Nonresident Accounts
Foreign exchange accounts permittedNonresident corporations and individuals may maintain savings or time deposit accounts locally in dollars or in any other freely convertible foreign currency at full-service banks.
Domestic currency accountsYes.
Convertible into foreign currencyYes.
Blocked accountsNo.
References to legal instruments and hyperlinksn.a.
Imports and Import Payments
Foreign exchange budgetNo.
Financing requirements for importsNo.
Documentation requirements for release of foreign exchange for importsNo.
Import licenses and other nontariff measures
Positive listThis list includes beans, corn, garlic, milk, onions, chicken, rice, and sugar.
Negative listImports of live animals; seeds; plants; fruits; plant and animal products that are unhealthy, decomposing, or infected with germs or parasites; and substances harmful or injurious to human, plant, or animal health are prohibited.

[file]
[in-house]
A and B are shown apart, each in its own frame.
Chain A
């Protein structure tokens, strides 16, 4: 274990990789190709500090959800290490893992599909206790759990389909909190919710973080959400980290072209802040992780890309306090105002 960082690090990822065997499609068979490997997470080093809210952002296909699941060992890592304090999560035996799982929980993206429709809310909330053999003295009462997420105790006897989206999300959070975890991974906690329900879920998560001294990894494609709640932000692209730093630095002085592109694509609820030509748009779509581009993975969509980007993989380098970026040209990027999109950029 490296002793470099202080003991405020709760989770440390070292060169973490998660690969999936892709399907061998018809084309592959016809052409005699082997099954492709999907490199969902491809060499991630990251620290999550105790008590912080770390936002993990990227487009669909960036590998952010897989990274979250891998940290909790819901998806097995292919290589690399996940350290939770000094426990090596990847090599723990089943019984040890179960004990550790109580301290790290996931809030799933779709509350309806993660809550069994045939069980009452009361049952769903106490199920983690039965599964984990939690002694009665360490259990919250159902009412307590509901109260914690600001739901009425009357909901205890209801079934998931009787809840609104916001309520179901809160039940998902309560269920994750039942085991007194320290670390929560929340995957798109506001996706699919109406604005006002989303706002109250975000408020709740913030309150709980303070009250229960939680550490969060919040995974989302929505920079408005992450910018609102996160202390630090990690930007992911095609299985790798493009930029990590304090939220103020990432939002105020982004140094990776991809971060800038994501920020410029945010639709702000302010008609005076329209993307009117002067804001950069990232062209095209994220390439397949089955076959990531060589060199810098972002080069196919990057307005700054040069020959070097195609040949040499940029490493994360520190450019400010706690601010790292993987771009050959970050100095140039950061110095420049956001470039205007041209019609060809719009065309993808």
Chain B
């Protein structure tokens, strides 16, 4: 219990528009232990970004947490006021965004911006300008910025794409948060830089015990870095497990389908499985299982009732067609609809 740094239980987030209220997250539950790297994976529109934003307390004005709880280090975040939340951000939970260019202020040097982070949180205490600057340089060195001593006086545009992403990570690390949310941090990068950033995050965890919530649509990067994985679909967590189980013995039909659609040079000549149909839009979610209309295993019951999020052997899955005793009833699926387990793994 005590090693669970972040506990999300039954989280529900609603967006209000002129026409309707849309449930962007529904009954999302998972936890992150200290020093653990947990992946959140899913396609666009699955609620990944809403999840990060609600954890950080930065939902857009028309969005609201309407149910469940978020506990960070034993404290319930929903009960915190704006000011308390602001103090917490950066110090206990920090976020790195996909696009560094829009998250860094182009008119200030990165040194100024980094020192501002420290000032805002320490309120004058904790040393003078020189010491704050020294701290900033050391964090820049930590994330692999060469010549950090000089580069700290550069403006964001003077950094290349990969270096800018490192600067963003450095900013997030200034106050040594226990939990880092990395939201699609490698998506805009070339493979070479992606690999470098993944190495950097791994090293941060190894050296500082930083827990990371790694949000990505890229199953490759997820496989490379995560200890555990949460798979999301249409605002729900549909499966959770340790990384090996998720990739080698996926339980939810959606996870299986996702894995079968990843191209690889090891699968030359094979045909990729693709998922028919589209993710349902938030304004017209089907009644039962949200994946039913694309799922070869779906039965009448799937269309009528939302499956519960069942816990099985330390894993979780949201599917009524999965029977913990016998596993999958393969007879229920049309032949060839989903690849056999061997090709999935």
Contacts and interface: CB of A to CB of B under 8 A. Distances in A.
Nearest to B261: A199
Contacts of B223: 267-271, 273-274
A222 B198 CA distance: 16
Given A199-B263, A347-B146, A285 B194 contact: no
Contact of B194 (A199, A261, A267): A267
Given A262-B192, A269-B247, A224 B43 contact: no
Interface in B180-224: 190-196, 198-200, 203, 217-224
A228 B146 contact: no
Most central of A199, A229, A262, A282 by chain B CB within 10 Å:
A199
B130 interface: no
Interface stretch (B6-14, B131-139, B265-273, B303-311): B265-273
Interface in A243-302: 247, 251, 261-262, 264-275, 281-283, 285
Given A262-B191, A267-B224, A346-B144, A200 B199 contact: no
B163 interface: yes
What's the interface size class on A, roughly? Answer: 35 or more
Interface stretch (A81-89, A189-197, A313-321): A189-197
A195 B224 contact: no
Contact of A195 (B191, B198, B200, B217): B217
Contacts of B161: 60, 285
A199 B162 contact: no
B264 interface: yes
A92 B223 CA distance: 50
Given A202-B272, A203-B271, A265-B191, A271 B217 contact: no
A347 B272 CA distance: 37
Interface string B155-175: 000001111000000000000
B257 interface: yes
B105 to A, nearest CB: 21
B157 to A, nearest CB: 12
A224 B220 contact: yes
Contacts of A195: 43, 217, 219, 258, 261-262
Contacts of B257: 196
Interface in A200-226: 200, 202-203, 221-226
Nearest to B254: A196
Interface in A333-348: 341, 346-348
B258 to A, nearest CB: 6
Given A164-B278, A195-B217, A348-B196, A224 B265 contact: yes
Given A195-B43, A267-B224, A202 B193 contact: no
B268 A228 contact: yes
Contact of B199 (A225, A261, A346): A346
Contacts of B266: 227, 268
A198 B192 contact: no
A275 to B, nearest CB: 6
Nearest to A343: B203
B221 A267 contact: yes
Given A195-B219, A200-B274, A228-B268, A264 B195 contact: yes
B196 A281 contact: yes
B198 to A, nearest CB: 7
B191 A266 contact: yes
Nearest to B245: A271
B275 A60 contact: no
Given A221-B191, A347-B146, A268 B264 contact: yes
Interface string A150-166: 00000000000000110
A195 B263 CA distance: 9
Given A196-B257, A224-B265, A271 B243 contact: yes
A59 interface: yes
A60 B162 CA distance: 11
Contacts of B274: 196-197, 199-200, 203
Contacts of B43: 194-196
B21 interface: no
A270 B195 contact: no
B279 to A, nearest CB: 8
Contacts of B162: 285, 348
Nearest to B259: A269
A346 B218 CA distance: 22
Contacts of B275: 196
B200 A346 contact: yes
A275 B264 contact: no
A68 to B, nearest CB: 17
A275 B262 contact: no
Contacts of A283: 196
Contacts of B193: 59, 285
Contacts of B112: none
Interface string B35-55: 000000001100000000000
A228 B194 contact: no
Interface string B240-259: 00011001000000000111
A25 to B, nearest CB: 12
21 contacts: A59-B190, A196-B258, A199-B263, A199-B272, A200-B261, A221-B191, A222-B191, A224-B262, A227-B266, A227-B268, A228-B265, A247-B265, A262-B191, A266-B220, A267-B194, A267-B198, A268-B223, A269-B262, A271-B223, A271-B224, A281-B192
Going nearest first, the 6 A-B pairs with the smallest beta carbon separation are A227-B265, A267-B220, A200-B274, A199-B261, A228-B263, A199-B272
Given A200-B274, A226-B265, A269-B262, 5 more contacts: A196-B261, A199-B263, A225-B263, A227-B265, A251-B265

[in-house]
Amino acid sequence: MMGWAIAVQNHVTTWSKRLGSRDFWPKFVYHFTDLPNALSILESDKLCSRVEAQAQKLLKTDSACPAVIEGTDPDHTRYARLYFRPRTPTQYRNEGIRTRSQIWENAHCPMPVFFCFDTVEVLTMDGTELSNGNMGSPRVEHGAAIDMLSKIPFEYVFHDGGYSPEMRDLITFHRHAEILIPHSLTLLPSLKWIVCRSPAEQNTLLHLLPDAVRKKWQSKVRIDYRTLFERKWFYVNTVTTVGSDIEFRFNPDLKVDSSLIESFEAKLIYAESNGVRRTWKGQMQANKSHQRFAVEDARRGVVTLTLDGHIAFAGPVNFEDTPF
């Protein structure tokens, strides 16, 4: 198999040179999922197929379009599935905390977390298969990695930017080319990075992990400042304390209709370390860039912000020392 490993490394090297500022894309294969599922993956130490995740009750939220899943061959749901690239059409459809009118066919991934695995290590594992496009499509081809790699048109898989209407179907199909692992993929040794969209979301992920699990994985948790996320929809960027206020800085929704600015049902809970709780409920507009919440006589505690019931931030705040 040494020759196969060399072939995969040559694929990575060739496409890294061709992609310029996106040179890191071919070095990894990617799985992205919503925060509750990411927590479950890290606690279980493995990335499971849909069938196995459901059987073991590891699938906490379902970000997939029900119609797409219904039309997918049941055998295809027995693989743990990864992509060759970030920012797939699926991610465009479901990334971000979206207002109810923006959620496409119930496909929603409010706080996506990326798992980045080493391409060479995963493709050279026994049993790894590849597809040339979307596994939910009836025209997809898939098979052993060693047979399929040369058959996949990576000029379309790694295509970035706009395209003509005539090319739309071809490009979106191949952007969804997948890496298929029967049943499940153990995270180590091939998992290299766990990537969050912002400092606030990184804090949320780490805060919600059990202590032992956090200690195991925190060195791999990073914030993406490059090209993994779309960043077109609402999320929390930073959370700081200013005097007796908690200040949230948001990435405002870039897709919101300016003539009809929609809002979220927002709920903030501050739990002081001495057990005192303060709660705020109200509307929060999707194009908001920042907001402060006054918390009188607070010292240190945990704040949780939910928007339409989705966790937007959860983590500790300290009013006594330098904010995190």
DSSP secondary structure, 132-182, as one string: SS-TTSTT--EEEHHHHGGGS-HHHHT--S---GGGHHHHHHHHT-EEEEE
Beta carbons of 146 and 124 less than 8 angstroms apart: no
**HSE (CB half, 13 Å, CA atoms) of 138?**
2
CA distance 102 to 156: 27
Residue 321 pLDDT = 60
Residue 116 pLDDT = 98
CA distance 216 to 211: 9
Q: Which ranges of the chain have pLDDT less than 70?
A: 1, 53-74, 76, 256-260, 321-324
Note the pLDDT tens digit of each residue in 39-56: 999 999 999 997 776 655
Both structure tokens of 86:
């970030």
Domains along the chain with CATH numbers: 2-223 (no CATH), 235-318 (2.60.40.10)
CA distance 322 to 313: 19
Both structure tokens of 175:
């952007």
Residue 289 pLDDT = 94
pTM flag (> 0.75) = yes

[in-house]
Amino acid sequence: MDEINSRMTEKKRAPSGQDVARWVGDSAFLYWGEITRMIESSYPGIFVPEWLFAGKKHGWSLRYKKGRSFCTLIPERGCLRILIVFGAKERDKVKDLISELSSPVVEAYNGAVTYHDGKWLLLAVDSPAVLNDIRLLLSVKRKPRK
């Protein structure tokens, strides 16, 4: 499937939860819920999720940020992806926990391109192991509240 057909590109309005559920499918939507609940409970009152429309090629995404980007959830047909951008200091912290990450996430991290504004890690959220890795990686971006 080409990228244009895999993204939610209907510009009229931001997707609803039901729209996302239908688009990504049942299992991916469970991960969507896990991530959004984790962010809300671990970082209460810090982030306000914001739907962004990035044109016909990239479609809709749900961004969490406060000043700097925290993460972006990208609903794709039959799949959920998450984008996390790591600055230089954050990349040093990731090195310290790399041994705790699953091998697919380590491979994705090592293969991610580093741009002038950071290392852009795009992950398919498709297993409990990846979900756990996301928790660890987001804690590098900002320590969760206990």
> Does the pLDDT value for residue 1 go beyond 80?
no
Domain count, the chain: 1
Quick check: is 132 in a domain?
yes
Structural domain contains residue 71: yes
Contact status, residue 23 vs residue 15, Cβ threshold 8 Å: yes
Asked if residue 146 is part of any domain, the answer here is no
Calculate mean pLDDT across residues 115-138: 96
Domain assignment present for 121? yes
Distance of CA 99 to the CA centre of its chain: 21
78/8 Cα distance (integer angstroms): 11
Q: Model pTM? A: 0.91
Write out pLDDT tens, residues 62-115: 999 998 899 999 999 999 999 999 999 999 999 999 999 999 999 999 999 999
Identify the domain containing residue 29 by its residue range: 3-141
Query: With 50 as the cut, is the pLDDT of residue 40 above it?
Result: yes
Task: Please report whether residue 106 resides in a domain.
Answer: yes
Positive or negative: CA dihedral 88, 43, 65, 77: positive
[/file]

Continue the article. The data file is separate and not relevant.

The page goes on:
Licenses with quotasImports of beans, corn, garlic, milk, onions, chicken, rice, and refined sugar require licenses.
Import taxes and/or tariffsThere are five tariff rates: zero, 3%, 8%, 14%, and 20%. There is a temporary import system for the entry, free of import duties and taxes, of certain goods that are to be reexported within a maximum of 18 months of being processed, worked, or repaired. In addition, there is a zero rate for imports of inputs, machinery, and equipment to be used in the textile and agricultural sectors. The previous exchange commission of 13% was eliminated effective July 1, 2006.



The free trade agreement between the United States and Central America entered into force on March 1, 2007, providing duty-free entry of goods from countries signatory to the agreement on a phased basis over 20 years. During the first year this agreement has been in effect, approximately 4,333 tariff line items already have duty-free access to the Dominican Republic.